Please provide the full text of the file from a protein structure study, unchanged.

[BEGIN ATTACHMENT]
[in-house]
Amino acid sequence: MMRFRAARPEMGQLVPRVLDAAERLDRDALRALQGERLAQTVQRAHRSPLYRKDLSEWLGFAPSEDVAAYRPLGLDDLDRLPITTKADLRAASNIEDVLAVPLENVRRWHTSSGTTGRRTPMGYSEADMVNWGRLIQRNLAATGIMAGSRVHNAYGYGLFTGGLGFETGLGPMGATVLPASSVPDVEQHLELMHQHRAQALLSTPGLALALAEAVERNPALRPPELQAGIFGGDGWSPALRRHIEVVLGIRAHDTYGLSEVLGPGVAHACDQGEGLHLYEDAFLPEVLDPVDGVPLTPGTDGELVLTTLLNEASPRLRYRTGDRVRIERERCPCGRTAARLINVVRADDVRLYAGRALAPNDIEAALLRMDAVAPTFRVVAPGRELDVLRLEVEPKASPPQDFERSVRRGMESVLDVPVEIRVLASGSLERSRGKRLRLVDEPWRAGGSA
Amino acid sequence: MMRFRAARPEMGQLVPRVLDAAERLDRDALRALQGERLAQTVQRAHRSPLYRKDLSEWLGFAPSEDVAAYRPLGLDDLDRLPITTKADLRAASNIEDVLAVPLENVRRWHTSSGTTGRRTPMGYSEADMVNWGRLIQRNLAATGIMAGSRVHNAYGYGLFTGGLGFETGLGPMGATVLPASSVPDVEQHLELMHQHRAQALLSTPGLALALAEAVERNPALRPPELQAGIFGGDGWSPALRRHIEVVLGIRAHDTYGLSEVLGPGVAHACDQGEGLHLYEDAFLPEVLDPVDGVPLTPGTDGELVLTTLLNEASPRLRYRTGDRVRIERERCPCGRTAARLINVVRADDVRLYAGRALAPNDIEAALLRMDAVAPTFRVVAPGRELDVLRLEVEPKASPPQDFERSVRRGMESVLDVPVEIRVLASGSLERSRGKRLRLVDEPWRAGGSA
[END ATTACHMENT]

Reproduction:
[in-house]
Amino acid sequence: MMRFRAARPEMGQLVPRVLDAAERLDRDALRALQGERLAQTVQRAHRSPLYRKDLSEWLGFAPSEDVAAYRPLGLDDLDRLPITTKADLRAASNIEDVLAVPLENVRRWHTSSGTTGRRTPMGYSEADMVNWGRLIQRNLAATGIMAGSRVHNAYGYGLFTGGLGFETGLGPMGATVLPASSVPDVEQHLELMHQHRAQALLSTPGLALALAEAVERNPALRPPELQAGIFGGDGWSPALRRHIEVVLGIRAHDTYGLSEVLGPGVAHACDQGEGLHLYEDAFLPEVLDPVDGVPLTPGTDGELVLTTLLNEASPRLRYRTGDRVRIERERCPCGRTAARLINVVRADDVRLYAGRALAPNDIEAALLRMDAVAPTFRVVAPGRELDVLRLEVEPKASPPQDFERSVRRGMESVLDVPVEIRVLASGSLERSRGKRLRLVDEPWRAGGSA
Amino acid sequence: MMRFRAARPEMGQLVPRVLDAAERLDRDALRALQGERLAQTVQRAHRSPLYRKDLSEWLGFAPSEDVAAYRPLGLDDLDRLPITTKADLRAASNIEDVLAVPLENVRRWHTSSGTTGRRTPMGYSEADMVNWGRLIQRNLAATGIMAGSRVHNAYGYGLFTGGLGFETGLGPMGATVLPASSVPDVEQHLELMHQHRAQALLSTPGLALALAEAVERNPALRPPELQAGIFGGDGWSPALRRHIEVVLGIRAHDTYGLSEVLGPGVAHACDQGEGLHLYEDAFLPEVLDPVDGVPLTPGTDGELVLTTLLNEASPRLRYRTGDRVRIERERCPCGRTAARLINVVRADDVRLYAGRALAPNDIEAALLRMDAVAPTFRVVAPGRELDVLRLEVEPKASPPQDFERSVRRGMESVLDVPVEIRVLASGSLERSRGKRLRLVDEPWRAGGSA